• Ultrafast measurements are the basis of Margaret Murnane's research at the University of Colorado, Boulder. Her group has shown for the first time that ultrafast laser-generated x-ray pulses can be used to visualize surface chemical reactions. Knowledge of chemical dynamics on solid surfaces is important for understanding the reactions on catalytic surfaces that are widely used in industrial applications. Professor Murnane has also been able to visualize electron dynamics on surfaces, an important aid in understanding electron transport in novel organic materials that are being used in flat panel displays. The research is quintessentially interdisciplinary, and involves physicists, chemists, material scientists, and engineers.

DMR supports two Collaboratives to Integrate Research and Education (CIRE) linking minority-serving institutions with mainstream materials research centers. One links Florida A&M University with the MRSEC at Carnegie Mellon University, and the other one links faculty and students at the University of Puerto Rico at Humacao with their counterparts at the MRSEC at the University of Pennsylvania. The Collaboratives are designed to strengthen minority education in materials-related areas by establishing joint research programs that involve students in research, and sponsoring summer exchange programs for both faculty and students.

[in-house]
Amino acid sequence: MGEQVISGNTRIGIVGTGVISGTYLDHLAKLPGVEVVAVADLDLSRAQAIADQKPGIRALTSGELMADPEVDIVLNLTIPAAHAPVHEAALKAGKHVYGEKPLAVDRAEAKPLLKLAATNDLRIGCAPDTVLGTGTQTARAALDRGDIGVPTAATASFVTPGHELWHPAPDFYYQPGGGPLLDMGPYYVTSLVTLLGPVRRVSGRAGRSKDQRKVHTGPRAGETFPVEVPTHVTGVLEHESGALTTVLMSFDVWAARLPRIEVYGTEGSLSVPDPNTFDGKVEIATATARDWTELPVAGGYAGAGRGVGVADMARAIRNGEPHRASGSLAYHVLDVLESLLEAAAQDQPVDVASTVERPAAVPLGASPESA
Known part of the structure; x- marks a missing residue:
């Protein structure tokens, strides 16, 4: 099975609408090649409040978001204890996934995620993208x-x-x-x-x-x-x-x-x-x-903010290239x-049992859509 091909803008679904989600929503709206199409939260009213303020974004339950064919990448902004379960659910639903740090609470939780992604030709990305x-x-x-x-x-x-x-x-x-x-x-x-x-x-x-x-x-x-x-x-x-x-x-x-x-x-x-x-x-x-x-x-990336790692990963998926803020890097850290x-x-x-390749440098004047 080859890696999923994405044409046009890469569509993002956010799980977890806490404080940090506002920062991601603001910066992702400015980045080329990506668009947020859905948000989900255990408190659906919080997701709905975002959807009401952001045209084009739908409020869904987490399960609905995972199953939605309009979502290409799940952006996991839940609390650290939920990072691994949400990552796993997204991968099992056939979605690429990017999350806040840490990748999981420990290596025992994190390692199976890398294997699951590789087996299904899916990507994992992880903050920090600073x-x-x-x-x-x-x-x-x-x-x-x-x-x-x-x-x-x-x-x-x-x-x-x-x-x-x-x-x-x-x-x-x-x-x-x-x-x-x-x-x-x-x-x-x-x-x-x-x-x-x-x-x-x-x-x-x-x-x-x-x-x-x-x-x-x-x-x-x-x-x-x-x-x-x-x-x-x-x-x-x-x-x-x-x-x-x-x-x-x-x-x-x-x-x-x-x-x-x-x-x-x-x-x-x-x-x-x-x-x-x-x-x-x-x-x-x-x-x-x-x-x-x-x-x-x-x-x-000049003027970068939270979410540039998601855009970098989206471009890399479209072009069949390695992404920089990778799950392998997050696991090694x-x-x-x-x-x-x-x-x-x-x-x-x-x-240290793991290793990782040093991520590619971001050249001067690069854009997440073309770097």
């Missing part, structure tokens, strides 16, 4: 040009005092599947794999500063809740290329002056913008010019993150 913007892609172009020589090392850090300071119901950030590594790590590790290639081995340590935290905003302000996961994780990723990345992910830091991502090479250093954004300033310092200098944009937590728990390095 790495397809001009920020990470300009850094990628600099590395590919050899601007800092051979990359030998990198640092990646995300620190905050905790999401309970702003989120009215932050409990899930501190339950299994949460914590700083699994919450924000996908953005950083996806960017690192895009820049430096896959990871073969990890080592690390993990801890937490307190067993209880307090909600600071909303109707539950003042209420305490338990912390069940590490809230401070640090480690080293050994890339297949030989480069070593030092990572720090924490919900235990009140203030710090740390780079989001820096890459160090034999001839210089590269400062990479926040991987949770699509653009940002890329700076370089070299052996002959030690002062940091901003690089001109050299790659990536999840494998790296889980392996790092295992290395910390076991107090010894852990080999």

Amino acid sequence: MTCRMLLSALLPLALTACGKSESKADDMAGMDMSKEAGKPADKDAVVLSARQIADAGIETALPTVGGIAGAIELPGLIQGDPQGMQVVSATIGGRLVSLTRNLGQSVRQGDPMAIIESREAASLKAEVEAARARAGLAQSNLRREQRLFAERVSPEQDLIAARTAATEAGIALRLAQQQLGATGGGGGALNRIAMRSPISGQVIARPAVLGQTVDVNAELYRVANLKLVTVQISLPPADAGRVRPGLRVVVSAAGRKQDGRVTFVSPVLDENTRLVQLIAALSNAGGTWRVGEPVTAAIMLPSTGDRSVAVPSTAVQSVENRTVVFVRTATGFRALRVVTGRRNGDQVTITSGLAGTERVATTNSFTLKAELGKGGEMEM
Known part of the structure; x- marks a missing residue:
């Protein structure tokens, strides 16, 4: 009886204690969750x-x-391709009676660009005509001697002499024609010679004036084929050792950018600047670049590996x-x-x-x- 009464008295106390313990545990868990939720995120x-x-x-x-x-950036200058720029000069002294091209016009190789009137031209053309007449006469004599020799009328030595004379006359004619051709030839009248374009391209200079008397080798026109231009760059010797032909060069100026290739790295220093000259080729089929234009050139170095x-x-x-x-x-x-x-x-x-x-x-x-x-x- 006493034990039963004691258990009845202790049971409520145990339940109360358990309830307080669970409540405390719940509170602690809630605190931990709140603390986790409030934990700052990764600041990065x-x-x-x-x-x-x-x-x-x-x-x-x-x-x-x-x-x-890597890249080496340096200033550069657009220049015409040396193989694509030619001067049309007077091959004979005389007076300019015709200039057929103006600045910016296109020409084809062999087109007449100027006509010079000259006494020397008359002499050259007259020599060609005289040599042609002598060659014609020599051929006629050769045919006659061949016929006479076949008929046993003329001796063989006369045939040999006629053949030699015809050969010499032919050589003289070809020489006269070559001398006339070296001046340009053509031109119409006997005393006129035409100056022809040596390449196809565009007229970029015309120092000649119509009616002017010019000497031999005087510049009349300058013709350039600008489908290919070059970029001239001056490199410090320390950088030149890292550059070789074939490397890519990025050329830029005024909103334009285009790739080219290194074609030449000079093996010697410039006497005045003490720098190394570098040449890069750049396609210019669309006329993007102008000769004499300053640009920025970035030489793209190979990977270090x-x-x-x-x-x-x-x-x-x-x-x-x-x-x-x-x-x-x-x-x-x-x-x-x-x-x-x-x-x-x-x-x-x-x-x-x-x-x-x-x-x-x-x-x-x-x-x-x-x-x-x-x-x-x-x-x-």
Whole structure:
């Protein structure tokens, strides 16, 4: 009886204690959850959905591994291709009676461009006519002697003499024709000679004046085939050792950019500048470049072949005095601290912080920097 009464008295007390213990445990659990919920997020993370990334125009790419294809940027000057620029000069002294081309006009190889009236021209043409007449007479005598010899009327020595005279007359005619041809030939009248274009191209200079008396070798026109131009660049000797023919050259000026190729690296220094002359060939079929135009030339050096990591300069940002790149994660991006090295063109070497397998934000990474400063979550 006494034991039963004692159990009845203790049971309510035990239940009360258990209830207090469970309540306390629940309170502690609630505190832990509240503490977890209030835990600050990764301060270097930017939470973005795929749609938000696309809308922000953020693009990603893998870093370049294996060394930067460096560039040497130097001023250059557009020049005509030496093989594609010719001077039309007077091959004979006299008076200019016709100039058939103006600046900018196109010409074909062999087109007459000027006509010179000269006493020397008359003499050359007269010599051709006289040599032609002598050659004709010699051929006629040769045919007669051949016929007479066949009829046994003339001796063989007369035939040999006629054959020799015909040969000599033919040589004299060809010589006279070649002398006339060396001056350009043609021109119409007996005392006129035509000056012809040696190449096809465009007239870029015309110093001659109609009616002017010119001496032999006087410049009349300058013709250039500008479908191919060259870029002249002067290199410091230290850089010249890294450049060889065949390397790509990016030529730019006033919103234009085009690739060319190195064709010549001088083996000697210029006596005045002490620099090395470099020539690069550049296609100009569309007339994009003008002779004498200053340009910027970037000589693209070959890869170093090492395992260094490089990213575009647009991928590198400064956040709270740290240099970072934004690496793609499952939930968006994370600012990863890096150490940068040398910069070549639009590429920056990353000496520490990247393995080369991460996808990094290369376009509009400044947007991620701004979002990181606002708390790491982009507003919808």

The FY 2002 Budget Request includes:

  • New activities will emphasize nanoscale structures and quantum control and biosystems at the nanoscale; computational materials science; and the interface between biological systems and materials. DMR will support new activities integrating materials research and education, including activities to foster enhanced international cooperation in materials and initiate an electronic Materials World Net. DMR will also increase support for young scientists and engineers in the materials field, and respond to diverse human resource development needs for the future workforce in advanced materials. In order to support these new activities the number of existing materials research projects will be reduced following competitive review. Materials Research decreases by $8.83 million to $170.68 million.

  • In FY 2002, up to three new Materials Research Science and Engineering Centers will be established through open competition in critical areas such as nanoscale science and engineering, information technology, and the interface between materials and biology. One International Materials Institute will be established to foster and enhance interaction in materials research and education between U.S. and foreign investigators. Support for existing Centers will be reduced through competitive review. Support for Materials Research Centers decreases by $3.31 million to $54.25 million.

  • Facilities support increase by $4.50 million to a total of $34.74 million. This support includes strengthening user programs and facilities at the National High Magnetic Field Laboratory (NHMFL), enabling it to properly maintain and upgrade its unique set of continuous and pulsed-field magnets for users across a wide range of disciplines. DMR will also provide $1.0 million to support enhanced capabilities at the Center for High Resolution Neutron Scattering at the National Institute of Standards and Technology, and at the Synchrotron Radiation Center at the University of Wisconsin.

  • FY 2002 will be the last year of DMR's supported design and development activities at the Spallation Neutron Source (SNS) at Oak Ridge National Laboratory.